With biometric software, people can be searched and identified using their dactyloscopic data. Initially, such a system was only used in databases for asylum seekers and visa applicants in the European Union. Now even the largest EU police database has a „Fingerprint Identification System“.
The Schengen Information System (SIS II) currently contains around 236,000 searchable fingerprints. Half a year ago, the figure was still around 135,000. The reason for the increase is the introduction of a „Fingerprint Identification System“ (AFIS), which was activated by the EU Commission on 6 March last year. At that time, SIS II contained around 97,000 fingerprint sheets. Until then, searches in existing fingerprint data were only possible in the EURODAC database and in the Visa Information System (VIS). „Significantly more fingerprints stored in the Schengen Information System“ weiterlesen
European police should access computers and telephones with Trojan programs. Europol is now building up a „decryption platform“ in The Hague.
The European Union wants to support the Member States in intercepting telecommunications. Investigators should be able to penetrate private computers or mobile phones to install software to read encrypted messages. This was confirmed by the German Federal Ministry of the Interior (MOI) in response to a question by a Left Party Member of Parliament. The focus is on the police agency Europol, which has been commissioned to set up a „decryption platform“. „Europol to coordinate hacking authorities in Member States“ weiterlesen
In future, financial information will also be queried across borders for serious crimes, and even more authorities will have access. Banks and other financial service providers will have to adhere to deadlines for the release of financial information. In Germany, the EU directive is likely to increase competition between customs and the criminal police.
The European Union wants to expand the cross-border use of financial information. Data from central bank account registers will not only be used to combat money laundering and terrorism, but also to prosecute serious crimes. This is the result of a proposal for a directive on „facilitating the use of financial and other information“ presented by the European Commission in April and now being discussed by the Council and Parliament. The proposed Directive is part of the „European Security Agenda“ adopted in April 2015. „EU-wide use of bank retention data to facilitate financial investigations“ weiterlesen
Three years ago, the German Federal Ministry of the Interior was already arming itself against attacks by small drones. These could endanger critical infrastructures or industrial facilities equipped with firearms or explosives. With the USA, Germany is now leading a working group of a worldwide alliance of states. It is also about defending against „violent extremism“.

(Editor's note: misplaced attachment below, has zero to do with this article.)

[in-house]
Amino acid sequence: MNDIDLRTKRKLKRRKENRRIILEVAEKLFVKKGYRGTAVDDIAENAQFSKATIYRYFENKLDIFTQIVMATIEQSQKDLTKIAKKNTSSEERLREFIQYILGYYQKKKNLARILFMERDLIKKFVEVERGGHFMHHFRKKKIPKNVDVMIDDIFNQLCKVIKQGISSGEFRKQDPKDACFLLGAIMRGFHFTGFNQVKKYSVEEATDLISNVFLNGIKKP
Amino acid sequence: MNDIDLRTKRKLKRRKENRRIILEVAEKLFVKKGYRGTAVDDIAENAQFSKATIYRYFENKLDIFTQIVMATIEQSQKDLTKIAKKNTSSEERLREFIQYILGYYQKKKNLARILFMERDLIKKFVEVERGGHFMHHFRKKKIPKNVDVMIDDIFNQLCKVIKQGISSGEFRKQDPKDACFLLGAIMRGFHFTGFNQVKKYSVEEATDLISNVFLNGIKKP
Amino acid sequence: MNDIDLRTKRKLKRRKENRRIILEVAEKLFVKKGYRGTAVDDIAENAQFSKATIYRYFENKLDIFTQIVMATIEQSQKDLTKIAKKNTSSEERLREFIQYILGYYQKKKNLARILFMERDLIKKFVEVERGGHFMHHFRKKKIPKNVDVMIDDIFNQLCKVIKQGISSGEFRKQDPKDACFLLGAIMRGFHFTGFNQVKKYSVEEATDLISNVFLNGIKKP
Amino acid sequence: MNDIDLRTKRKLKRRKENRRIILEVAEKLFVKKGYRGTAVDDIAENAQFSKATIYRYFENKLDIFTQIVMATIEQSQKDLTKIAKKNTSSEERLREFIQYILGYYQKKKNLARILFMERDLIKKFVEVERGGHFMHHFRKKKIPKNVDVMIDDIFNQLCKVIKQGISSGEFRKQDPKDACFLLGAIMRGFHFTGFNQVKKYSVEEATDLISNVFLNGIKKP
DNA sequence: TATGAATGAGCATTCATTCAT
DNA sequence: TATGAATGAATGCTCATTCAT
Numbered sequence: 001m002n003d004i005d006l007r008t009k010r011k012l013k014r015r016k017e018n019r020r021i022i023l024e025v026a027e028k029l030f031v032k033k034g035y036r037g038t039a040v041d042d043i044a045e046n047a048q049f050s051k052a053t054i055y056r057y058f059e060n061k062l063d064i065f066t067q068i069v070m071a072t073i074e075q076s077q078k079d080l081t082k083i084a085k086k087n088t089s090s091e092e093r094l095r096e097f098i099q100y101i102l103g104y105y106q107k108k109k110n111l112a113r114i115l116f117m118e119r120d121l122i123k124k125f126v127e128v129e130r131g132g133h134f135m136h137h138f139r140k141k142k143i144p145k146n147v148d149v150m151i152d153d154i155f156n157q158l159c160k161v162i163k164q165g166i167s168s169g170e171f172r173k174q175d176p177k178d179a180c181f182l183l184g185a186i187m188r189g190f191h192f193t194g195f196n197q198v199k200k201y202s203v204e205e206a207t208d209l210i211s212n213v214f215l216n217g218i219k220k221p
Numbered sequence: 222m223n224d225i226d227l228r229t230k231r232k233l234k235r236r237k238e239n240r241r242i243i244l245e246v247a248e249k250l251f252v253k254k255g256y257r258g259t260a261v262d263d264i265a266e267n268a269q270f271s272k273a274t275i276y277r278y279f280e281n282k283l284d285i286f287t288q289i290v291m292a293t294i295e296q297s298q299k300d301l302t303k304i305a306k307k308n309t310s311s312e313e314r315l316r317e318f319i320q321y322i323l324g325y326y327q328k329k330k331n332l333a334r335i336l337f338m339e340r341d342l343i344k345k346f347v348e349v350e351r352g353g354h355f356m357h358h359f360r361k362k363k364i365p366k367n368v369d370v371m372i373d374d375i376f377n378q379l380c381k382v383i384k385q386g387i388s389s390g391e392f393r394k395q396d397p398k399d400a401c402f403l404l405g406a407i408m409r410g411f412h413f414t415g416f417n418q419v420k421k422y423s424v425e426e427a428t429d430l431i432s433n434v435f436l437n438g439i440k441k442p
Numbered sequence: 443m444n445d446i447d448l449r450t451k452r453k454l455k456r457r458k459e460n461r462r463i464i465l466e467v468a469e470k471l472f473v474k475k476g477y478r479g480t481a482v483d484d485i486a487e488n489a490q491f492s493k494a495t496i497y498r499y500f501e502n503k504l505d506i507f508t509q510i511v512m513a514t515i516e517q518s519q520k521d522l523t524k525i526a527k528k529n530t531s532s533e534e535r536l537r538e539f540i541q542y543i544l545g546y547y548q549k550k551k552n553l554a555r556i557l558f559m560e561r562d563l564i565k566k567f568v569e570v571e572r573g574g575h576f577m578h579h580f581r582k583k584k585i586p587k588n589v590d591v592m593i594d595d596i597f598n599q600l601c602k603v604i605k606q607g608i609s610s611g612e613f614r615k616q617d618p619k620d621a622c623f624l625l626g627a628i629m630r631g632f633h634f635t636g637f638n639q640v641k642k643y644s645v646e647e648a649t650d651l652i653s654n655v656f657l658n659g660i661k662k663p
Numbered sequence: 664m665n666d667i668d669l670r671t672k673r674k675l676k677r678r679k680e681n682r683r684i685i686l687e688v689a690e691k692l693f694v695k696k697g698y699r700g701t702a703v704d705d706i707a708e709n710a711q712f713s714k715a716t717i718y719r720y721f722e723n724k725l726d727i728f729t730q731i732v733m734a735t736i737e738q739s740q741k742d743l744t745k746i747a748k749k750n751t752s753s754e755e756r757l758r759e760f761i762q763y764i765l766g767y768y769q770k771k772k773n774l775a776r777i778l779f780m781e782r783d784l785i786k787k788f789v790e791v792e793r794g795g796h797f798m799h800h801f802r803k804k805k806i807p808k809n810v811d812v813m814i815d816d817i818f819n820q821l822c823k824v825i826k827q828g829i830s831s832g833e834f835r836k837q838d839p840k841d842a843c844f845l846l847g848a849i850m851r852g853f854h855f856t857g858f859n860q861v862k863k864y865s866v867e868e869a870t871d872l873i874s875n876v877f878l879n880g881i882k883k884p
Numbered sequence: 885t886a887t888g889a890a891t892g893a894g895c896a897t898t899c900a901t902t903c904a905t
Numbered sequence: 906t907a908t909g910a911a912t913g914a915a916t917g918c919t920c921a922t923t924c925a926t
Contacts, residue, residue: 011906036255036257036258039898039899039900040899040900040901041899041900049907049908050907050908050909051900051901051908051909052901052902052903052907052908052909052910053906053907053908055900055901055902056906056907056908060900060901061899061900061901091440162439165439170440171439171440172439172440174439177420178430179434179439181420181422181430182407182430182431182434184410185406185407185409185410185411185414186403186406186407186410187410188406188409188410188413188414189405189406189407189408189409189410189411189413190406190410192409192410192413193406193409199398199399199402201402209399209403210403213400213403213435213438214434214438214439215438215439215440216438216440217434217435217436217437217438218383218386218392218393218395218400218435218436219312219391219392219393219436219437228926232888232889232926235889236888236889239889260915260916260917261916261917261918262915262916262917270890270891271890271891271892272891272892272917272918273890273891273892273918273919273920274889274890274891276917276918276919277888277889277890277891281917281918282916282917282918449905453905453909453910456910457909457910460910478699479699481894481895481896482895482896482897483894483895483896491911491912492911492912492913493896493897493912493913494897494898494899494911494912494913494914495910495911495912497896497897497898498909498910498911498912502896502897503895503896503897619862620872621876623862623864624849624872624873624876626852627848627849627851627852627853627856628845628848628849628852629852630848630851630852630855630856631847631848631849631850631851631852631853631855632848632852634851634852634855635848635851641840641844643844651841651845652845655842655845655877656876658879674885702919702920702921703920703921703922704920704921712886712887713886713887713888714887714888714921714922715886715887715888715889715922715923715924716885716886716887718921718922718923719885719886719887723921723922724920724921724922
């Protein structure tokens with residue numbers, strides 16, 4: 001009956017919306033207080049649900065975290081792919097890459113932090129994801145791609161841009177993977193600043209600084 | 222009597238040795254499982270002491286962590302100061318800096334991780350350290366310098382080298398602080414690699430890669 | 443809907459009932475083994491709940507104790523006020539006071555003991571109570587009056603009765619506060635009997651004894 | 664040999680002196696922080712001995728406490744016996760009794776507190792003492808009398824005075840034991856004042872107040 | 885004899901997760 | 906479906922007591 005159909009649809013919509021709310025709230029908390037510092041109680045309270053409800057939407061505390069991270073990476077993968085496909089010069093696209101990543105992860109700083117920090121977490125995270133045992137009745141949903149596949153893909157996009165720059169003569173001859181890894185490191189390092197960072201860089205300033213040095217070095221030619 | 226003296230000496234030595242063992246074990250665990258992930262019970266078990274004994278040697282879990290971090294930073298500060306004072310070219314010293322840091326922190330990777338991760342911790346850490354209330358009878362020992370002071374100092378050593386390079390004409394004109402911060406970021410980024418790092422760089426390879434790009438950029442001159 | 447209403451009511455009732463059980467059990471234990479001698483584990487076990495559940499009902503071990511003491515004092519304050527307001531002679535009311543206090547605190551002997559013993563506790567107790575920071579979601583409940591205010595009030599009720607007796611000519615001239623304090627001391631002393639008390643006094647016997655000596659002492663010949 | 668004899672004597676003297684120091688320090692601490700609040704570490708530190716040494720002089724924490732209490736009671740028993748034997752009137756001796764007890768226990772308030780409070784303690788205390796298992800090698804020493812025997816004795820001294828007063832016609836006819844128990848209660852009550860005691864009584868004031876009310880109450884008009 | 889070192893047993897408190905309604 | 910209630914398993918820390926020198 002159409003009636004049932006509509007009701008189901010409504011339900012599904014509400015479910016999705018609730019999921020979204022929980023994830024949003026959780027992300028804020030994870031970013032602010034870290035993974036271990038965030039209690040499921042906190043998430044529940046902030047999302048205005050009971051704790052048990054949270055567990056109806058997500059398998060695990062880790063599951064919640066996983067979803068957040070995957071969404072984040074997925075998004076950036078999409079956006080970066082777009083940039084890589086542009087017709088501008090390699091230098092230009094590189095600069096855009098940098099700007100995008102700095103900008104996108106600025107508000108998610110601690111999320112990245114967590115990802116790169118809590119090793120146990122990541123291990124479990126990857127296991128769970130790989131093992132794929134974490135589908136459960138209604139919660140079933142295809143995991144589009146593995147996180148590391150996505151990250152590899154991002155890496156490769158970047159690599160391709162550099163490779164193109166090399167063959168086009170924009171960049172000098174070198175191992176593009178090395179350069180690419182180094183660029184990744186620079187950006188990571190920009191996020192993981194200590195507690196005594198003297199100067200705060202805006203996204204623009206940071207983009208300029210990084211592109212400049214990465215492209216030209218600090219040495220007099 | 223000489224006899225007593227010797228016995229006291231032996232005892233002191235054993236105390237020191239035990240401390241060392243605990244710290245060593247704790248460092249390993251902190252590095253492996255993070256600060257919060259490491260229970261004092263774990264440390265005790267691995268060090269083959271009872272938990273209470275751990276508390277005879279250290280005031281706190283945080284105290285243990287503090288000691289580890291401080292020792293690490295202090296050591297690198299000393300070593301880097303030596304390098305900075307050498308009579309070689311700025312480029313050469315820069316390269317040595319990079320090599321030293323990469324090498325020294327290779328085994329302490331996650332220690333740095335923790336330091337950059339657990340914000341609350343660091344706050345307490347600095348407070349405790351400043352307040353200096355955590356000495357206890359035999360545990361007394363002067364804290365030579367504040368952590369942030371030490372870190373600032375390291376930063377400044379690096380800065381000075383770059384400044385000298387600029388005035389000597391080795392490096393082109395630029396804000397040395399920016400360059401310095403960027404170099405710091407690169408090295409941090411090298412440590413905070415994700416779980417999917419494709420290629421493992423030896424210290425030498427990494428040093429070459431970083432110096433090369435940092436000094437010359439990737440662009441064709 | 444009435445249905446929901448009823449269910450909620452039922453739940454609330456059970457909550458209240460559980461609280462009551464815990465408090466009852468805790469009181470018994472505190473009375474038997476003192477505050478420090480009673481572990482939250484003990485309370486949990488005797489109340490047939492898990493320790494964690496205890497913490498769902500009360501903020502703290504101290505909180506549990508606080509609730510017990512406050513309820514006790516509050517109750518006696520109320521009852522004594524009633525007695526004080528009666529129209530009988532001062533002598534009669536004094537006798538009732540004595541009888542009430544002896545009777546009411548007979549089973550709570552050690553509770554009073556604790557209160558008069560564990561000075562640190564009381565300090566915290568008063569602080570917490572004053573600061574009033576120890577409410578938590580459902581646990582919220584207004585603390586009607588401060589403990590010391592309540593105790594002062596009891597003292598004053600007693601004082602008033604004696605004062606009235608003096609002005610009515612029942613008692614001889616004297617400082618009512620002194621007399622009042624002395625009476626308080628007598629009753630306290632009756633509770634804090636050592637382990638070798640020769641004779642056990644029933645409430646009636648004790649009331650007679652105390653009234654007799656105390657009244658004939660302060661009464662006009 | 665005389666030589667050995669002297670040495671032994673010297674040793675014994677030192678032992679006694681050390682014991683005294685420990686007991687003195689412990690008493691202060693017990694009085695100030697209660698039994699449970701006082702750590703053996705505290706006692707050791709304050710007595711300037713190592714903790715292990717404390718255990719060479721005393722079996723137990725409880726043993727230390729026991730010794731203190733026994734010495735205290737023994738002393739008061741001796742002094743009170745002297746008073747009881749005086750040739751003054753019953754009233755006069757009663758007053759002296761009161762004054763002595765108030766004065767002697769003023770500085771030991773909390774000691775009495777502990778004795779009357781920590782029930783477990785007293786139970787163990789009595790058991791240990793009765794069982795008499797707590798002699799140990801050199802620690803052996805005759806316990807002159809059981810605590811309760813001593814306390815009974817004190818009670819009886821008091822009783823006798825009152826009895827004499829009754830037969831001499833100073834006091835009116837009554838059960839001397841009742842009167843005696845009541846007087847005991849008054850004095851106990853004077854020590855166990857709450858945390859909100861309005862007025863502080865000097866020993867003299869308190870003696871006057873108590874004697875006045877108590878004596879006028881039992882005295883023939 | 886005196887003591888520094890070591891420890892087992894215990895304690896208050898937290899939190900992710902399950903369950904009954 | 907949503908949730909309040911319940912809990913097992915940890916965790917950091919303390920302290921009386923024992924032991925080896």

Together with the US government, Germany has launched an „initiative to defend against unmanned aerial vehicles“. This was reported by the US State Department in a press release. The founding meeting of an appropriate working group was held within the framework of the Global Counterterrorism Forum (GCTF) in Berlin on 13 December. The group operates under the abbreviation „GCTF C-UAS“. „German authorities lead international working group on defence against small drones“ weiterlesen
The Hamburg police use the EU arrest warrant and the European Investigation Order to prosecute activists after the G20 summit. The Federal Criminal Police Office assumes the function of a central office.
After the G20 summit, the Hamburg special commission „Black Block“ travelled several times to neighbouring countries for an „exchange of knowledge“. This was announced by the Hamburg Senate at the request of Christiane Schneider, a member of parliament. The Senate did not write which measures and visited authorities were involved. Two weeks ago, the Hamburg police announced the dissolution of the special commission. All criminal investigations into the G20 summit are now being continued by an investigation team based at the Political Department of the Criminal Police Office (LKA) in Hamburg. „The long arm of repression“ weiterlesen
Once called for as an indispensable tool in the fight against terrorism, the implementation of the EU directive on the use of passenger data is slow.
The „Passenger Name Records“ (PNR) package adopted over two years ago should have been transposed into national law by all Member States by 25 May this year. However, a considerable number of governments have not yet reported this to the Commission. This was confirmed by EU Internal Affairs Commissioner Julian King at a hearing in the European Parliament’s Committee on Civil Liberties, Justice and Home Affairs (LIBE). Previously, the civil rights organisation Statewatch had also reported on this.
According to the Directive, airlines, travel agencies and other operators have to transmit extensive personal data of their customers to the competent authorities before each trip. They are stored there for five years. These approximately 60 individual data fields include information on the itinerary, passengers, stopovers, hotels booked or rental cars. All booking information is processed, including e-mail address, billing address, travel agent responsible, languages of minors on the flight, food preferences or a doctorate. „EU police show little interest in processing passenger data“ weiterlesen